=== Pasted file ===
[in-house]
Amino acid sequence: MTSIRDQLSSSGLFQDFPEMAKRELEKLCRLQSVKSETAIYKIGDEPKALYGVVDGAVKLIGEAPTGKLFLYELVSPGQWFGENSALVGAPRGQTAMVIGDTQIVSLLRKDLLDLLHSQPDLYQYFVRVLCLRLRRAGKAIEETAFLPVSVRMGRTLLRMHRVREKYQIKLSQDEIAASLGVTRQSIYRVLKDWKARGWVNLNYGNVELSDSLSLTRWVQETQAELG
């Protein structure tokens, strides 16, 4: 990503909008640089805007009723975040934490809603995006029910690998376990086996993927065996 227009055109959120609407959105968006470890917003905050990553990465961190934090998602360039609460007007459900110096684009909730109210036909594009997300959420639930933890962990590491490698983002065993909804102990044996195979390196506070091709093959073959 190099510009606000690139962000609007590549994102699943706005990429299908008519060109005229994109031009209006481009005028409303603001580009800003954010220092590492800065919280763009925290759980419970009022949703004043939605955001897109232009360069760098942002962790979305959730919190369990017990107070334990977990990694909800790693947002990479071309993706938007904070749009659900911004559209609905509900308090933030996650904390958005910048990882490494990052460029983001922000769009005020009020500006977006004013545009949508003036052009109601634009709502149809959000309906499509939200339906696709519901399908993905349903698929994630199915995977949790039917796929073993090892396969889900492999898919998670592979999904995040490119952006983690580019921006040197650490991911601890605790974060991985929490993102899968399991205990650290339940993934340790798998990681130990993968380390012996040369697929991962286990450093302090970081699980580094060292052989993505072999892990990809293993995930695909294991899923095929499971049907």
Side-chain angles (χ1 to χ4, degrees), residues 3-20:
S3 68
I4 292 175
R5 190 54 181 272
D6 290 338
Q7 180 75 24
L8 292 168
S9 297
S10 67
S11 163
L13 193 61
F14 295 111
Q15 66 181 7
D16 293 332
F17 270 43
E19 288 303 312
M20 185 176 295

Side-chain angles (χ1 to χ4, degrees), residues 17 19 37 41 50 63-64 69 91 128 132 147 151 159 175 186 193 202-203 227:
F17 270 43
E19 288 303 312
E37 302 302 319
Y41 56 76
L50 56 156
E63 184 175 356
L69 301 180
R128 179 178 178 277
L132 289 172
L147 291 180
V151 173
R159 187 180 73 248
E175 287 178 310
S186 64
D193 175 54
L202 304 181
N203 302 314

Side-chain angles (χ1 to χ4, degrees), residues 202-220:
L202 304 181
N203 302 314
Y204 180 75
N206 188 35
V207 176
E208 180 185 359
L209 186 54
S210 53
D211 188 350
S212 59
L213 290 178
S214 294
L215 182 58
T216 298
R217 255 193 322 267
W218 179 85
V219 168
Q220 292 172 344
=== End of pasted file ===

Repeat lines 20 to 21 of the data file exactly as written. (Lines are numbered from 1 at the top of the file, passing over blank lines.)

M20 185 176 295

Side-chain angles (χ1 to χ4, degrees), residues 17 19 37 41 50 63-64 69 91 128 132 147 151 159 175 186 193 202-203 227: